the language of animals

When Kath was about five years old, she prepared a special gift for her teacher’s birthday. The little girl overheard her kindergarten teacher’s fear, detecting a potential for the big surprise. Frequent visitor of a barn where raw products awaited their future at her family’s distillery in a Northwest German village, Kath explored the paths in the top floor between the piles of straw, searching ‘the object in question’ on the ground. It didn’t take long for her to find what she was looking for. The gift was carefully wrapped in a kitchen towel. Arriving at school, the angelical blond child marched toward her kindergarten teacher with both hands holding the package. She shouted ‘Happy birthday!’ whilst handing the item to the birthday woman. As she unwrapped the present, her facial expression shifted from sympathy to terror: there was a dead mouse inside of it. The teacher strode to the nearest trashcan holding the dead animal, followed by an army of young pupils, including Kath who felt excited within for having provoked such a reaction.

Not only could the little girl collect a dead mouse with ease, but she also befriended the animals considered enemies of rodents. Felines brought a sense of comfort that she didn’t know existed. In the same barn in which a few dead mice, cadavers of pigeons and spider webs were to be found here and there, cats would find a place to rest among mountains of straw that would be used for cattle bedding. To get closer to a tabby cat frequenter named Suzy, the kid would observe the animal from distance and make a subtle sound before every move to warn the animal about her intentions. This was not the only trick she developed. When the cat would close her eyes, Kath would shut hers, too. Proud of her connection with the felines, she narrates the time when Suzy became a mother and showed her the way to the litter. Cats usually hide their lineage from predators; exposing those little living creatures to a human was an ultimate sign of trust. The little girl had some sort of access to the animal kingdom. Kath would place the kittens on top of her body while stretched out on the floor. The lack of human affection in her early life led those fluffy tiny living beings to turn into soothing material; a satisfaction to her cravings for warmth.

With horses, Kath developed another sort of relationship. Trained in dressage from a young age, she would become a team with the four-legged companion. The line dividing the animal from the human body would somewhat dissolve in an invisible tune; a ballet of nature. The gallant young woman learned how to move her arms and legs with tenderness to let her pal know which kind of sequence to follow, whether it’d be leg yield, shoulder in, travers, half pass, flying changes, pirouette, rein back, counter center, or one of many other dressage movements. The animal followed her hints, most of the times. Depending on their personality, the experience would be an easy pie or a challenging endeavor. Kath has ridden from shy and friendly to wild and rebellious equines. Her intimate knowledge of animals guides her to understand how to conduct even the most temperamental horses.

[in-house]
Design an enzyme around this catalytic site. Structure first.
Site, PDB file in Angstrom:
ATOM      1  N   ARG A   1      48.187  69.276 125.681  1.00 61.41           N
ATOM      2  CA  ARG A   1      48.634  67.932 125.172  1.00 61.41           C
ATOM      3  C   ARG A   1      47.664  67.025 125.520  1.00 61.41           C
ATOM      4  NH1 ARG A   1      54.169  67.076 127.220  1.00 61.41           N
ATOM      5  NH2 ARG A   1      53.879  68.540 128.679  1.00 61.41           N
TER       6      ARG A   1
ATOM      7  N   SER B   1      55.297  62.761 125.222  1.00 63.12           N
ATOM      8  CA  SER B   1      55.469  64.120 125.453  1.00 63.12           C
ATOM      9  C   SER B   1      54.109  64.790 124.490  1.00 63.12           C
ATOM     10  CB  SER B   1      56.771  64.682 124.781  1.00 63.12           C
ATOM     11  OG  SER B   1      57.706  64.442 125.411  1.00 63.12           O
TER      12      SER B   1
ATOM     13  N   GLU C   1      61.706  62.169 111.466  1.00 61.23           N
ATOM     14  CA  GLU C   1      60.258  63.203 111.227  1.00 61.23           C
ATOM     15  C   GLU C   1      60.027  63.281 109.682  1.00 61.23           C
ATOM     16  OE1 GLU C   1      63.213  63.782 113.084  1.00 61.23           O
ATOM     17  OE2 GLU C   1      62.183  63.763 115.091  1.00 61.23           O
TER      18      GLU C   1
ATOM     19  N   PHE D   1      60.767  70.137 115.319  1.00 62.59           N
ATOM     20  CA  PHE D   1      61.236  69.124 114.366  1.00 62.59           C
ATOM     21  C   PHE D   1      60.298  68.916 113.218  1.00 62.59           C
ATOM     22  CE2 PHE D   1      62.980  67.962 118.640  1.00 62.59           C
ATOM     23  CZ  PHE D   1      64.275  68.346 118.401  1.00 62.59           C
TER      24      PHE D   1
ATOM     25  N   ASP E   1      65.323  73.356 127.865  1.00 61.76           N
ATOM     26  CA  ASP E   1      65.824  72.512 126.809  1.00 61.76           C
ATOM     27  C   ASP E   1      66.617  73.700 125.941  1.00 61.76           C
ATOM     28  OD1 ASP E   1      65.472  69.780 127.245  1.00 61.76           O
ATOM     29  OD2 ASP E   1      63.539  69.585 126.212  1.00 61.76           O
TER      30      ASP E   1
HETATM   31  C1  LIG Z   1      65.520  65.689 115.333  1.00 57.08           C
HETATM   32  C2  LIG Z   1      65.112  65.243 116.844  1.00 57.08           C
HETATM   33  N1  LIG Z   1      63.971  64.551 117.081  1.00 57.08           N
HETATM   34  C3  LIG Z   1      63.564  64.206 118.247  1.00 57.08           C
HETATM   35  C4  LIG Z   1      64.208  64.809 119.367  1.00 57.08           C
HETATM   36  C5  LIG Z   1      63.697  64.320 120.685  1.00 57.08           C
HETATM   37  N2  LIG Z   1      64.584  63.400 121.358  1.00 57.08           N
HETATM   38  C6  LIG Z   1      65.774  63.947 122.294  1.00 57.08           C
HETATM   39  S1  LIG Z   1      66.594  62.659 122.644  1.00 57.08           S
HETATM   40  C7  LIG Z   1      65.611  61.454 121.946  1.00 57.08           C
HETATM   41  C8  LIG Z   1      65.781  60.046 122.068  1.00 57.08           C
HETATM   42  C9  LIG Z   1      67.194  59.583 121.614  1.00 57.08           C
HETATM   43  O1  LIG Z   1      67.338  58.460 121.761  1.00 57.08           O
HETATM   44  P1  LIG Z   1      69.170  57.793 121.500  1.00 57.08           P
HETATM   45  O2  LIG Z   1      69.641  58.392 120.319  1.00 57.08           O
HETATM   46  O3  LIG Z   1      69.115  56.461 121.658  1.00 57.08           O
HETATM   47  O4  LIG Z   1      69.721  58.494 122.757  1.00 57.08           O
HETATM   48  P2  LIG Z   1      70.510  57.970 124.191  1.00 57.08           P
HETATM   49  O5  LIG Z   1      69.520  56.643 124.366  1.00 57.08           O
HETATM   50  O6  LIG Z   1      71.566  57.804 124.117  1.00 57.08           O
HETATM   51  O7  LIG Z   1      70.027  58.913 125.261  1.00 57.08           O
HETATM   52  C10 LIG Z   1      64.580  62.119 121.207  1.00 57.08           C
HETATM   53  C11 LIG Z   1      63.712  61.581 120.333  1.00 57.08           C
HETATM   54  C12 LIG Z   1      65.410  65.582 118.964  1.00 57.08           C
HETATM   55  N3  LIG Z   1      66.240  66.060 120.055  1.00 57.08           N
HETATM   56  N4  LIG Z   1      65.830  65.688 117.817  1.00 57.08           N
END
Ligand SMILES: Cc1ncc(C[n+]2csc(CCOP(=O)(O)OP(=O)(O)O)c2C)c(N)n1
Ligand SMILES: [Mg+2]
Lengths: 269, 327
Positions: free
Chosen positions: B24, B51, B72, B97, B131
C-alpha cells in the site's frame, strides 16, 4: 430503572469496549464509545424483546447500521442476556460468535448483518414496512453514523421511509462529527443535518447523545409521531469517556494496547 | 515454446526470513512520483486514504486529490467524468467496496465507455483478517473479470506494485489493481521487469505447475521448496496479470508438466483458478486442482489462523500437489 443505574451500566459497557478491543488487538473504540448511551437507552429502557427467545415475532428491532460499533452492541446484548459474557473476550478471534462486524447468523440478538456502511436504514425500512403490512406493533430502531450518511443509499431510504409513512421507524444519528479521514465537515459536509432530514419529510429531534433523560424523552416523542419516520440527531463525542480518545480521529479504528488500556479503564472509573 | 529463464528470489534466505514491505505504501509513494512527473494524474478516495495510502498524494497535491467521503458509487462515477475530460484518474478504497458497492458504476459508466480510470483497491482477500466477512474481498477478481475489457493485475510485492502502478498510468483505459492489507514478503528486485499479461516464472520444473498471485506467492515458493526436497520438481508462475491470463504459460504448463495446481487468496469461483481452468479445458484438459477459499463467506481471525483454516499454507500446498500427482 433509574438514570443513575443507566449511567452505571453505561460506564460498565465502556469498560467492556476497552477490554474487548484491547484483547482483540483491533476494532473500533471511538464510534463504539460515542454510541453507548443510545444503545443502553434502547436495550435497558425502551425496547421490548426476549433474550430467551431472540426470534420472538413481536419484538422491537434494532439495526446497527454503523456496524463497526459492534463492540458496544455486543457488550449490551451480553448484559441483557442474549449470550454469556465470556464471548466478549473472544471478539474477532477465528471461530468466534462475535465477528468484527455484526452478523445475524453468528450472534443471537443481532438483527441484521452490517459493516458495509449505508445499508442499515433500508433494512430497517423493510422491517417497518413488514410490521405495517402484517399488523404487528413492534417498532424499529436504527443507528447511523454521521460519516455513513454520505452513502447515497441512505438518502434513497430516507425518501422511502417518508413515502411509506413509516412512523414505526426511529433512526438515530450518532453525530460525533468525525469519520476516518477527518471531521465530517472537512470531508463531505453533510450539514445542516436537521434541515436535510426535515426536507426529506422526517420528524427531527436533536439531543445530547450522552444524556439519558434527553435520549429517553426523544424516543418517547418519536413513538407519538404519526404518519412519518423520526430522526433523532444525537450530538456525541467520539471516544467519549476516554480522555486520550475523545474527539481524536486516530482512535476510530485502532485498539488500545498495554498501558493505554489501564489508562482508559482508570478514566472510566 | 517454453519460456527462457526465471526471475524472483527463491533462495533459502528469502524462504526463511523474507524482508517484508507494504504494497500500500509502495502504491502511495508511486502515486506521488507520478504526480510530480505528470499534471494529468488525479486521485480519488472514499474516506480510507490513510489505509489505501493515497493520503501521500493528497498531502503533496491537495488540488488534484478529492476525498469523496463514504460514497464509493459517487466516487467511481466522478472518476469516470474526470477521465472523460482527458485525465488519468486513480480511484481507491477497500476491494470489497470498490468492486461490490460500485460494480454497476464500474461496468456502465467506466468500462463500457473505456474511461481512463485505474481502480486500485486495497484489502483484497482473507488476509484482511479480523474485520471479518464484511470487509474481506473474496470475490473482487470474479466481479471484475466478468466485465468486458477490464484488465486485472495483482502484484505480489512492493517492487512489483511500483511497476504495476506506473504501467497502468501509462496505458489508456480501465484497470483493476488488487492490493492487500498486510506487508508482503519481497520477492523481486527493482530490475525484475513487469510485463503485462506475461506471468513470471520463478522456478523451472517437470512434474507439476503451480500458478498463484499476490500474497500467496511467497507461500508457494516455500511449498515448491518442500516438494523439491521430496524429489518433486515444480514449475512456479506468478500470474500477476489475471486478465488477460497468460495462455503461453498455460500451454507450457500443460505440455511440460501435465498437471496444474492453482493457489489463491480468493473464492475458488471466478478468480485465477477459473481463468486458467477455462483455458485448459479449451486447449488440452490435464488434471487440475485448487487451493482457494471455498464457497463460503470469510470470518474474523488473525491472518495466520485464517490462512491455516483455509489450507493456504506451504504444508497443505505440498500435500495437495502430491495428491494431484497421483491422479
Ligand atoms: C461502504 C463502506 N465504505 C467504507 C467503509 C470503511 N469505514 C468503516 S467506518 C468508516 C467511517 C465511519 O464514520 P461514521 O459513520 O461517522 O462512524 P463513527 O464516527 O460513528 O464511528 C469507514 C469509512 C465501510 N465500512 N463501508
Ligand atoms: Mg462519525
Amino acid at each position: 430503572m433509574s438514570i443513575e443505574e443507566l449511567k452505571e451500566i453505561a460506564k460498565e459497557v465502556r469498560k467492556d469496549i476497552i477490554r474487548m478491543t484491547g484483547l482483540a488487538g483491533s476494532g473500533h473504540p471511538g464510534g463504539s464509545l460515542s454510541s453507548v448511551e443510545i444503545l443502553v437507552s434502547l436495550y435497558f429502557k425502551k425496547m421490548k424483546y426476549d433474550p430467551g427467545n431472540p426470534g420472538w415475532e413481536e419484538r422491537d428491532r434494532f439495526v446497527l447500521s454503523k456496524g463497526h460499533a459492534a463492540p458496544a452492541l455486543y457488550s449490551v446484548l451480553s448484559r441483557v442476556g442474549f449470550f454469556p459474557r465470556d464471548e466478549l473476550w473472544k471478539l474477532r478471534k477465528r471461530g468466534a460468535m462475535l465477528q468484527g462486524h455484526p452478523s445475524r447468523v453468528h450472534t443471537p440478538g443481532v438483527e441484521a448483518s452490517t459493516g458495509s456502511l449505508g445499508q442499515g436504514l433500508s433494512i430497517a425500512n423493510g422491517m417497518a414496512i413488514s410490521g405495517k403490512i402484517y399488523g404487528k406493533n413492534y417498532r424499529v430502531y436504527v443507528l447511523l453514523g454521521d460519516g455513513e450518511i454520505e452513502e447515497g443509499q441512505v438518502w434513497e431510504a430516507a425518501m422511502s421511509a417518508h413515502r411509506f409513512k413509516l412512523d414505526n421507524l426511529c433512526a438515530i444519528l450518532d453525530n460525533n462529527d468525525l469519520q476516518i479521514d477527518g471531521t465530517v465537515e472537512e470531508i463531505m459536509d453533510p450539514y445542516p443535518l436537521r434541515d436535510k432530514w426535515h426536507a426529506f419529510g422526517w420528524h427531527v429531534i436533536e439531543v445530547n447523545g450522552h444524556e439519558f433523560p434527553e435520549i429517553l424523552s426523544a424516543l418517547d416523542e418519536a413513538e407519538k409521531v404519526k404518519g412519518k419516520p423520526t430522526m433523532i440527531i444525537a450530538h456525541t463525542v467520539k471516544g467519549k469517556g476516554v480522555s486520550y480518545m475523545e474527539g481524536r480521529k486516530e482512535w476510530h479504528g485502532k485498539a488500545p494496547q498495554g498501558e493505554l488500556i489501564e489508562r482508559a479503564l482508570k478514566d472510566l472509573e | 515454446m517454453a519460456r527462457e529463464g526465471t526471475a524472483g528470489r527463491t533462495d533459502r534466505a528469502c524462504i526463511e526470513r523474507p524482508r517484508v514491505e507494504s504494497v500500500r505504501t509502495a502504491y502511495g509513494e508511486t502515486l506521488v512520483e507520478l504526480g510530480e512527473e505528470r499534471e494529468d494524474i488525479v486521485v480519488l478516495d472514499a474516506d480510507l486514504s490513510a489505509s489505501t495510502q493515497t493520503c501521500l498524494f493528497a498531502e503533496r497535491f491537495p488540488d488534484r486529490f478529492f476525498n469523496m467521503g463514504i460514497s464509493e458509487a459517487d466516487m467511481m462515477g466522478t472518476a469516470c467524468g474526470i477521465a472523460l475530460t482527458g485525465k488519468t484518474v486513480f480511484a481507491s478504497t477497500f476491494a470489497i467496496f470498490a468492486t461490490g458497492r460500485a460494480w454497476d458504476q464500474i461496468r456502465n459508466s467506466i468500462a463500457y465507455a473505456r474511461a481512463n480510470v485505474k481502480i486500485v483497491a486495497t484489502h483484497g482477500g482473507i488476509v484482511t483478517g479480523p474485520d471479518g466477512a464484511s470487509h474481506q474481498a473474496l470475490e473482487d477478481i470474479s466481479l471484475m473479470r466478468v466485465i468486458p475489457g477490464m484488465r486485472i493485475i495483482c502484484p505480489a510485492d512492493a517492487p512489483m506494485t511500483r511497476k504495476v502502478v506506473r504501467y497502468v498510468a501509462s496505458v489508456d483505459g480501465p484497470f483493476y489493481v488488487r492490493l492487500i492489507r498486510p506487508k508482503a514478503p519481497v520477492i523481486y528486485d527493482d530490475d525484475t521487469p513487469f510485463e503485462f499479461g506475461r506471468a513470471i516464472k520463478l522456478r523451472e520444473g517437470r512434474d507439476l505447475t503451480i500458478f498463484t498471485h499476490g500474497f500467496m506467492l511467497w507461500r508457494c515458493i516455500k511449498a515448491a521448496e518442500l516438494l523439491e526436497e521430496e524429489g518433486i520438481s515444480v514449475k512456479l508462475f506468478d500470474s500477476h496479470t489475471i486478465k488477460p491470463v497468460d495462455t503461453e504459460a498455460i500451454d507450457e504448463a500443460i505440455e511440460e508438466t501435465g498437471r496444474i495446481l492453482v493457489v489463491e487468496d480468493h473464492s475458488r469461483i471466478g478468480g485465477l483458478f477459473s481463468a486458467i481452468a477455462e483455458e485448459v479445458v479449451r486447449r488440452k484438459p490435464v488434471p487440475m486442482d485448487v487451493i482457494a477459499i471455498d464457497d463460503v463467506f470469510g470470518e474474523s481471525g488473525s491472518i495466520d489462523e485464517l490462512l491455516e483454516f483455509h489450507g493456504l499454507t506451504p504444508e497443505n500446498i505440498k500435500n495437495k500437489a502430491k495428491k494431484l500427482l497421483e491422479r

As an adult, Kath still finds peace in the company of animals. She didn’t grow to become a veterinarian or zoologist even though she has undertaken an internship taking care of dolphins in a zoo in Duisburg when she was 17. She would prepare food for the aquatic animal and help clean the area around the tank. With her charms, Kath was even able to attract a dolphin to the edge as he turned around so she could pet his belly, going against the rules as interns weren’t supposed to touch the charismatic swimmers. The excitement to be near those friendly acrobatic mammals contrasted with a critical sense of the animals’ living conditions and their use as entertainment, being in captivity with no voluntary relationship to humans. During her PhD thesis in modernist literature in England, she’d ‘kidnap’ the cat’s neighbor to make him her faithful squire. Not in the sense that she’d have to force the feline inside the house, she just knew how to enchant Milo, a black and while amiable cat. Kath explains that she doesn’t lure felines with food; for her it’s not the right way to get close to them. The animals shouldn’t join her as a business trade of any sort, but they should approach her for affection solely. The literary modernist student knows how to make felines fall in love with her the same way that she falls in love with them. Kath is fluent in the language of animals.